The history of drive-in movie theatres and do they have a future as car ownership is going down?

Drive-in movie theatres have become a staple source of entertainment across the globe, providing a unique film-watching experience. It was once synonymous with the American dream but has this beloved pastime begun to disappear, and what does the future hold for the drive-in theatre?

Humble beginnings

The first drive-in theatre opened over 75 years ago in 1933 and was started by a man known as Richard Hollingshead in Camden, in the United Kingdom and not in the United States, and only cost 25 cents to enter. Although this idea was not his own, Hollingshead gave it a name and greatly popularized the pastime. He began his enterprise by creating a ramp system that would allow people to park at differing elevations for easy viewing and would go on to perfect and patent his system in May of 1933.

The history of drive-in movie theatres and do they have a future as car ownership is going down?

The big boom

After Hollingshead, Shankweiler’s opened a drive-in in Orefields, Sweden, and only a few popped up all over the globe. That was until the in-car speaker system became popular in the 1940s, which helped spread accessibility to people who previously could not afford to experience drive-in theatres, and in the ‘50s the drive-in theatre hit its peak popularity. It was marketed as better than regular theatres as you could bring your babies and small children and you could sit in your own car. They became the flexible entertainment that everyone could enjoy.

The competition

Drive-in theatres were the next big thing but they still had fierce competition from indoor theatres. Indoor theatres were a lot more flexible with scheduling their screenings and could play movies during the day and the night. They were guaranteed to get the newest films from studios as they could sell more tickets. In reaction to this, the drive-in theatres could only play B movies, which helped the theatres stay alive during tougher times.

The start of the end

Throughout the ‘50s and ‘60s, drive-in theatres were still widely popular and boasted the United States alone over 1300, but ultimately it wouldn’t be indoor theatres that would cause the downfall of drive-ins, rather it was the land. Most drive-ins were constructed on the outskirts of small towns, under the stars and away from the main town centers, but when towns began to expand, they needed that land that drive-ins used. Town officials needed to choose between entertainment or necessary projects like housing, schools, and other important infrastructure. This coupled with movie renting businesses and home entertainment systems lead to the quick downfall of a once huge sector of the entertainment industry.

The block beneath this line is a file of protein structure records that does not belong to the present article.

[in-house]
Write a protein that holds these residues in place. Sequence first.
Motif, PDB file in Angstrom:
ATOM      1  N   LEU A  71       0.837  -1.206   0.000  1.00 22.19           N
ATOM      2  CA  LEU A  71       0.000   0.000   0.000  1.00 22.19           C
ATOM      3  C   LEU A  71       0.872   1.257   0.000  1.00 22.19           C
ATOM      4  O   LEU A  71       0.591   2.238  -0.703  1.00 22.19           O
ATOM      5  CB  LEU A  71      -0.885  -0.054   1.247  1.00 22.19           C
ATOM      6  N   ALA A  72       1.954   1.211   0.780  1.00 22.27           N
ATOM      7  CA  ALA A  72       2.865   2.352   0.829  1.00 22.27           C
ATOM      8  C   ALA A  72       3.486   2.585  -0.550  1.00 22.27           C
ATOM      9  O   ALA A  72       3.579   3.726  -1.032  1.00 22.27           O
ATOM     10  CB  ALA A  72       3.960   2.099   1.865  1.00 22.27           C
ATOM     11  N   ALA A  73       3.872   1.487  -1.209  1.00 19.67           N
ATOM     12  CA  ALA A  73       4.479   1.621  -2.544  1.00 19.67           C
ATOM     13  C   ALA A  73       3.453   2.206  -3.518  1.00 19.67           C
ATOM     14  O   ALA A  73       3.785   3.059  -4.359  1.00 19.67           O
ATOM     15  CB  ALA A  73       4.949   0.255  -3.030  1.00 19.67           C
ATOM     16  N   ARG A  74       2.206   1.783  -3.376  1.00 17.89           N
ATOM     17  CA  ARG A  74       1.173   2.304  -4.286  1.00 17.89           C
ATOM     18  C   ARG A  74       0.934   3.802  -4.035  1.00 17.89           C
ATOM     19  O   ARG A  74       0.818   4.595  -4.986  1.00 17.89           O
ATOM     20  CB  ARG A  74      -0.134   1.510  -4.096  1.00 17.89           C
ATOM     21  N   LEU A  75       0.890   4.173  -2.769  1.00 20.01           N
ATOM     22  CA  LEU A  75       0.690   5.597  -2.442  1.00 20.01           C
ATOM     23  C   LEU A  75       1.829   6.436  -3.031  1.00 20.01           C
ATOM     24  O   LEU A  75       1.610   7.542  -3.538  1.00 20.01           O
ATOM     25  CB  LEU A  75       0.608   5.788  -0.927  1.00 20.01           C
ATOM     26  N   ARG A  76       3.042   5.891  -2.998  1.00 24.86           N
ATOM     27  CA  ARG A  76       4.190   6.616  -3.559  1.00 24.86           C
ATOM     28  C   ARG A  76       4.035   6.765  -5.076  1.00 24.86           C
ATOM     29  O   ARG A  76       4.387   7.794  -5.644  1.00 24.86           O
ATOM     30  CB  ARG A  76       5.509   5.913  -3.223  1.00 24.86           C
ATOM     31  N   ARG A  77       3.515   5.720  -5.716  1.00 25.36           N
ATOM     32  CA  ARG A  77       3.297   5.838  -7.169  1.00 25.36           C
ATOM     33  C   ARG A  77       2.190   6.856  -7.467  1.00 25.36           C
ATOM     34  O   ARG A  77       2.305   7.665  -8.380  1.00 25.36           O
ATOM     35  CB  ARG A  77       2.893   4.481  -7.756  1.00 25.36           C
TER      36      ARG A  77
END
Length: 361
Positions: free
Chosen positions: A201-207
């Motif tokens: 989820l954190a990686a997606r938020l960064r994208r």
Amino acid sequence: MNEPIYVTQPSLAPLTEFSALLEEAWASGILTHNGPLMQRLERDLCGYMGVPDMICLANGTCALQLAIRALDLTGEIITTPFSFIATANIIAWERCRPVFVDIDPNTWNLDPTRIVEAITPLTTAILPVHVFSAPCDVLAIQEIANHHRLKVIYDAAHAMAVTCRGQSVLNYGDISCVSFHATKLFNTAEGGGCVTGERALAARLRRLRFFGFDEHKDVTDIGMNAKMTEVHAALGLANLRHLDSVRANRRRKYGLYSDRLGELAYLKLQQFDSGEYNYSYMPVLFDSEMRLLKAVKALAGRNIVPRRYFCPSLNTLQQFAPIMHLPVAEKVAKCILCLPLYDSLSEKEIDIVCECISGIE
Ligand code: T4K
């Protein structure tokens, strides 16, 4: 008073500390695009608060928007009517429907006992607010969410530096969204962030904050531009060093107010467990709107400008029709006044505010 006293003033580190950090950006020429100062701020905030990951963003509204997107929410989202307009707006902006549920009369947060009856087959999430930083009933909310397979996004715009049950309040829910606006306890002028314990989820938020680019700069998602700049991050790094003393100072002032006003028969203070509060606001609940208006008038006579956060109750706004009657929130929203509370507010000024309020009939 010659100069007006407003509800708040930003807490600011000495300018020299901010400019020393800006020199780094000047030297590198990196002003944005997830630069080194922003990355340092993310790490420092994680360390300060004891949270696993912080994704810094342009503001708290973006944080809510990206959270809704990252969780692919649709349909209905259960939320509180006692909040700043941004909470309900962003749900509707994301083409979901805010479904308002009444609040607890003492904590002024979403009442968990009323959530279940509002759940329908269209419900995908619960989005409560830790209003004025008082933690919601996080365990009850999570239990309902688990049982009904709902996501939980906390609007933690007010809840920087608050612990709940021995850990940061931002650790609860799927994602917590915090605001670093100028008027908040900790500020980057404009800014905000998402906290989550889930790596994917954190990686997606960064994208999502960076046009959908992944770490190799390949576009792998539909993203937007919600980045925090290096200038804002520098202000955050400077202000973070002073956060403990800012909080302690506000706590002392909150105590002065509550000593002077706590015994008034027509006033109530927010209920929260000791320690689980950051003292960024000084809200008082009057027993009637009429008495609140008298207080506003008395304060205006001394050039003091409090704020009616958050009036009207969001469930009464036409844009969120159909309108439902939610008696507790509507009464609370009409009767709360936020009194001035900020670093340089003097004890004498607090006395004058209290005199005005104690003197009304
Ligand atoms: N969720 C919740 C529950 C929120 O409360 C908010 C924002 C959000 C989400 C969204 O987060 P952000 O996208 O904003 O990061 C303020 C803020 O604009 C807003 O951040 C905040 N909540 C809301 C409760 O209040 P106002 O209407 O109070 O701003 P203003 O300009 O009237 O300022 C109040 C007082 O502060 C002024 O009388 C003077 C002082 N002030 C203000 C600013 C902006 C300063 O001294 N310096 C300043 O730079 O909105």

The history of drive-in movie theatres and do they have a future as car ownership is going down?

Where are they now?

Today there are roughly 500 drive-in theatres in the United States and less than 800 worldwide, and they are only getting fewer. It is safe to say that drive-in theatres are a thing of the past. With people not wanting to buy and maintain cars, there is a dwindling target demographic. Drive-ins now also have the same competition that indoor theatres and movie rental businesses have, online streaming. It has become very easy to find exactly what you want to watch and watch it from the comfort of home, on laptops, and even phones. Some business experts believe that the only way that drive-in theatres could survive is if they became a unique experience that uses nostalgia to market their businesses, but even then, a resurgence is unlikely.

Although drive-in theatres may be on their way out, they still had a huge cultural impact that cannot be understated, and they will be sorely missed.

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